Apple's iWork Won't Stack Up to Microsoft Office: 10 Reasons Why

 
 
By Don Reisinger  |  Posted 2013-10-28 Email Print this article Print
 
 
 
 
 
 
 
 

Microsoft was not at all pleased recently when Apple announced that iWork would be made available at no charge going forward. Apple said that the move reflects its belief that its top software should be free. But it was perhaps more a shot over Microsoft's bow, since the enterprise software giant continues to charge for its productivity suite. What's more, the very thought of going free with Office is enough to give Microsoft executives and investors nightmares because the productivity suite drives the largest share of Microsoft's earnings. Perhaps that's why Microsoft was so quick to criticize Apple in a recent post on its official blog. Microsoft Corporate Vice President of Communications Frank Shaw said that "iWork has never gotten much traction." He went on to say that he doesn't see the price drop as "a shot across our bow, I see an attempt to play catch up." Although Apple's rabid fans have scoffed at Shaw's comments, his point is well-taken. As nice as iWork might be for the novice user, as a whole, it cannot compete in any way with Office. This eWEEK slide show highlights the reasons why.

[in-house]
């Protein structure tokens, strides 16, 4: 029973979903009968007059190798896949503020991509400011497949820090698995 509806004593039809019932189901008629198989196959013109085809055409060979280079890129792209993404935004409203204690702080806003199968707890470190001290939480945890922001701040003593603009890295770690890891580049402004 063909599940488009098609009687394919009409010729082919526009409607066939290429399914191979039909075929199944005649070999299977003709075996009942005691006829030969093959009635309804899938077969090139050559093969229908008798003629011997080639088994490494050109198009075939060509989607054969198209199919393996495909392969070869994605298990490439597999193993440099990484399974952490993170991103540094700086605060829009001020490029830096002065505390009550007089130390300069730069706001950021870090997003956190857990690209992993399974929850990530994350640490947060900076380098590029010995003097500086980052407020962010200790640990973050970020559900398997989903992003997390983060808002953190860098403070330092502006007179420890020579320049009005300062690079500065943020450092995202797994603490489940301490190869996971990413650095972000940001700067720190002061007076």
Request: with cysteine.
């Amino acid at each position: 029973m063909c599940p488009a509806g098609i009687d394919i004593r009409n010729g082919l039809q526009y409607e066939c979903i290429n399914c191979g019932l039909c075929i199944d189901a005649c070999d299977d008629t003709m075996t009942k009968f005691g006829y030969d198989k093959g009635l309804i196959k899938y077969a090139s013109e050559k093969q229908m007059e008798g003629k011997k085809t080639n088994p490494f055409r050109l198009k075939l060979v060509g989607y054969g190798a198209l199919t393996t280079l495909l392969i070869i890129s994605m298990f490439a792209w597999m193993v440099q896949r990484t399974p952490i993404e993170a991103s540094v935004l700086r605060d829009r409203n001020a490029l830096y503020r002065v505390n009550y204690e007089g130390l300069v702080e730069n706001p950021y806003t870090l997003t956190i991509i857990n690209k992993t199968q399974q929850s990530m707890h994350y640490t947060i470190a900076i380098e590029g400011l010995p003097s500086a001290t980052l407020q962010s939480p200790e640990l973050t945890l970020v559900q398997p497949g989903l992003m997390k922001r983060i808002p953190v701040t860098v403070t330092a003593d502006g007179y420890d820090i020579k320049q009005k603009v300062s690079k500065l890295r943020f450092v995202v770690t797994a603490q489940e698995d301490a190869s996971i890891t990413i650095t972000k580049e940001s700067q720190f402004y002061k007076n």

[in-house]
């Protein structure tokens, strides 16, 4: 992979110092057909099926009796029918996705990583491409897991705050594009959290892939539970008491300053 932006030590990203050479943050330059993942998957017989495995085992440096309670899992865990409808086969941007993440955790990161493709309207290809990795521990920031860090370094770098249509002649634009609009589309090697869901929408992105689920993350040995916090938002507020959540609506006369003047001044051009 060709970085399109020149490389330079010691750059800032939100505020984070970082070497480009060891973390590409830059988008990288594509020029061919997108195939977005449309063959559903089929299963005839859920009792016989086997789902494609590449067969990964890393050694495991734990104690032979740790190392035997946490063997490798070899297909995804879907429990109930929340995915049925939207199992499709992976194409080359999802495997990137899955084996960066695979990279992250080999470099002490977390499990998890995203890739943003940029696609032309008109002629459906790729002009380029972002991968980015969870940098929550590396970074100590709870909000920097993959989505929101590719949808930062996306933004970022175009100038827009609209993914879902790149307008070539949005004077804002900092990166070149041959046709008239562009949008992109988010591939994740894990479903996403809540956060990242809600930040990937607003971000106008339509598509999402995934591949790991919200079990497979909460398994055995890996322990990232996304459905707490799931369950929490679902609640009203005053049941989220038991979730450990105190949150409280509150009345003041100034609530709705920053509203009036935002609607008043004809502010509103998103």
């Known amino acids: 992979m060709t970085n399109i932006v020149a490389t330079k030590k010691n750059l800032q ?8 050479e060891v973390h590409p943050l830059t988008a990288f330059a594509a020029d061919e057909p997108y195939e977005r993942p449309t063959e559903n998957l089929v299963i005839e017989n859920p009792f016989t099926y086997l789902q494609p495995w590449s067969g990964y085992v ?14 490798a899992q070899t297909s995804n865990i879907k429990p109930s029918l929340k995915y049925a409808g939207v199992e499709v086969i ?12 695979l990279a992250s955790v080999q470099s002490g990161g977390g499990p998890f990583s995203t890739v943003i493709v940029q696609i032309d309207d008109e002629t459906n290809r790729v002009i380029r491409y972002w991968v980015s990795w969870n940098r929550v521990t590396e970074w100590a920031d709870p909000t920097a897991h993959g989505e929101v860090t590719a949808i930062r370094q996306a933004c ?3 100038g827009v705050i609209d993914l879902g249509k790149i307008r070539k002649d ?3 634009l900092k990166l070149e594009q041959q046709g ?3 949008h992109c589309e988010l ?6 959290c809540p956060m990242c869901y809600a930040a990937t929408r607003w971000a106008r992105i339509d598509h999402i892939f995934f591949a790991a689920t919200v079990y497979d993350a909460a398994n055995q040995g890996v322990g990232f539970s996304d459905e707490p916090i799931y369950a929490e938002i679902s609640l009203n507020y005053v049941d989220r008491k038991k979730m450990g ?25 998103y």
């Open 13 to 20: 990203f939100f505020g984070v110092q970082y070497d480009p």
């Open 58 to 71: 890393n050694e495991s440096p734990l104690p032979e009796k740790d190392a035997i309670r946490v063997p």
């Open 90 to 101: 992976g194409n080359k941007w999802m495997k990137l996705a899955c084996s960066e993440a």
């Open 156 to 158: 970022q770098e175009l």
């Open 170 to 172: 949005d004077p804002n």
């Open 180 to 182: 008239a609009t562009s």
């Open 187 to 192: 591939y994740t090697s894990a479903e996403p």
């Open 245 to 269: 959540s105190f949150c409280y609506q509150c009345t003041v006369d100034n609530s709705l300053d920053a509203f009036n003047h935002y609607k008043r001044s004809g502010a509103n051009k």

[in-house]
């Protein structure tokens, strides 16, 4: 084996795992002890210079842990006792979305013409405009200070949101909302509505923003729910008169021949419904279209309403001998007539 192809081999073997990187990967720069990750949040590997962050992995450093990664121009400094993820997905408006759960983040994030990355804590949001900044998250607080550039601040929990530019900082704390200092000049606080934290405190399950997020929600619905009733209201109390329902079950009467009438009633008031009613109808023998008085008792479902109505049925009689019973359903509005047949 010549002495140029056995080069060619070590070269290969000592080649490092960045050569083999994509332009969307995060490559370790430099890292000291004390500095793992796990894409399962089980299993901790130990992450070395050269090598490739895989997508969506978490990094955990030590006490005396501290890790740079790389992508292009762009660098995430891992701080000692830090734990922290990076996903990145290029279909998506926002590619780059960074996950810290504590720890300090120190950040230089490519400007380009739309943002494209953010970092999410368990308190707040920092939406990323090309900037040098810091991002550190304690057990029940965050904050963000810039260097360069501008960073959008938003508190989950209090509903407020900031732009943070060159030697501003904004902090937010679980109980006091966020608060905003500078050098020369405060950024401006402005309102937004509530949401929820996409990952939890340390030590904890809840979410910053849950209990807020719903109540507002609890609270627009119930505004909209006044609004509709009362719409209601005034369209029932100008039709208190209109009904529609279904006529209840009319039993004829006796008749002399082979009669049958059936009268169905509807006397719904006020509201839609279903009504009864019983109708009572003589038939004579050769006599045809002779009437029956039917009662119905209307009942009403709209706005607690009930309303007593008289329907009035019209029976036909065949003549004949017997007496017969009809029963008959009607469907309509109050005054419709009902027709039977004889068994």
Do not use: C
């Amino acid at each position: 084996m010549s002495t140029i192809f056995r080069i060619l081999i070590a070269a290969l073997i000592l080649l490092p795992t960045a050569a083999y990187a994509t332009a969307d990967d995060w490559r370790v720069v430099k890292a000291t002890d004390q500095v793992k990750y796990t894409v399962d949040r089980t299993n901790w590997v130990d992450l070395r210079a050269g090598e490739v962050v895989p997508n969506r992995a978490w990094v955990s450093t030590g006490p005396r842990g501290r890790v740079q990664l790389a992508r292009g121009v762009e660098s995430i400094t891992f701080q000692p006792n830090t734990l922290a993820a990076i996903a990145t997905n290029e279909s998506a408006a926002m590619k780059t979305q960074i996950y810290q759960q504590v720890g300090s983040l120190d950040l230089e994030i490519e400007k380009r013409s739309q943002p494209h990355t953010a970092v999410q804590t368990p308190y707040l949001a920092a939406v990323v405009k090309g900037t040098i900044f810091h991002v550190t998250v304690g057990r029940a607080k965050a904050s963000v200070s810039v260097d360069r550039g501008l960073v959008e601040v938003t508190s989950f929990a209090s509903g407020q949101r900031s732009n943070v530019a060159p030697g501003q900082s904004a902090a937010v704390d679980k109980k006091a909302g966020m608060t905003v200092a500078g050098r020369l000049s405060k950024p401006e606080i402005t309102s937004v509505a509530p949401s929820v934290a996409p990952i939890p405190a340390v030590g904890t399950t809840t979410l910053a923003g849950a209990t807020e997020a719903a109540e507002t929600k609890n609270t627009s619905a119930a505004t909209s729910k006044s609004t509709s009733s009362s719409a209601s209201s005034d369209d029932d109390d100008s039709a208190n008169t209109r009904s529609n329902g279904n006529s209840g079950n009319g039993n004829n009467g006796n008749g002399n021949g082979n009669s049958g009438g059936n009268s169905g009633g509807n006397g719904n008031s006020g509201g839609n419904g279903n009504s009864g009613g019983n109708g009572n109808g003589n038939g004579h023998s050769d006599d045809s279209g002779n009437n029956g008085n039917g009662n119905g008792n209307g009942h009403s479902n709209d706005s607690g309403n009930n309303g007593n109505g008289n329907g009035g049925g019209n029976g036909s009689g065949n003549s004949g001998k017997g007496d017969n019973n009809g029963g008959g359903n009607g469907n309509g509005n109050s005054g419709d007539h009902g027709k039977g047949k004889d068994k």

• Apple's iWork Won't Stack Up to Microsoft Office: 10 Reasons Why

    by Don Reisinger
    1 - Apple's iWork Won't Stack Up to Microsoft Office: 10 Reasons Why
  • Free Doesn't Mean Customers Are Getting More Value

    productivity suites but don't want to pay hundreds of dollars to get them. The truth is, however, that "free" software doesn't necessarily mean it's delivering more value. Office might be expensive, costing Windows users over $200 for a new version, but it's also far more powerful and capable than iWork.
    2 - Free Doesn't Mean Customers Are Getting More Value
  • Apple's Numbers Is No Excel

    Try crunching numbers that are pages and pages long in Numbers, and you'll quickly discover that Excel is the best way to go for such tasks. Plus, Microsoft's Excel comes with support for pivot tables and more graph options, and it is a workhorse for financial professionals. Until Numbers can catch up to Excel, it doesn't make sense for serious number crunchers to go with Apple's product.
    3 - Apple's Numbers Is No Excel
  • Office Is Already Free

    Office might not be free on the desktop, but on the Surface RT, Microsoft bundles it with every device it sells. That might not be the same as offering iWork for free on all devices as Apple has done, but the iPhone maker can't claim that it was first to go free; Microsoft has already done it. And that's only after countless open-source programs, like OpenOffice and LibreOffice, as well as Google, offered their suites for free.
    4 - Office Is Already Free
  • Office Works on Multiple Devices Too

    One of Apple's main selling points with iWork is that it works on multiple hardware platforms. But now that Office is running on tablets and is heading to smartphones at a rapid rate, Microsoft can also stake claim to that feature. Support for multiple form factors is definitely important. That's why Microsoft is doing it.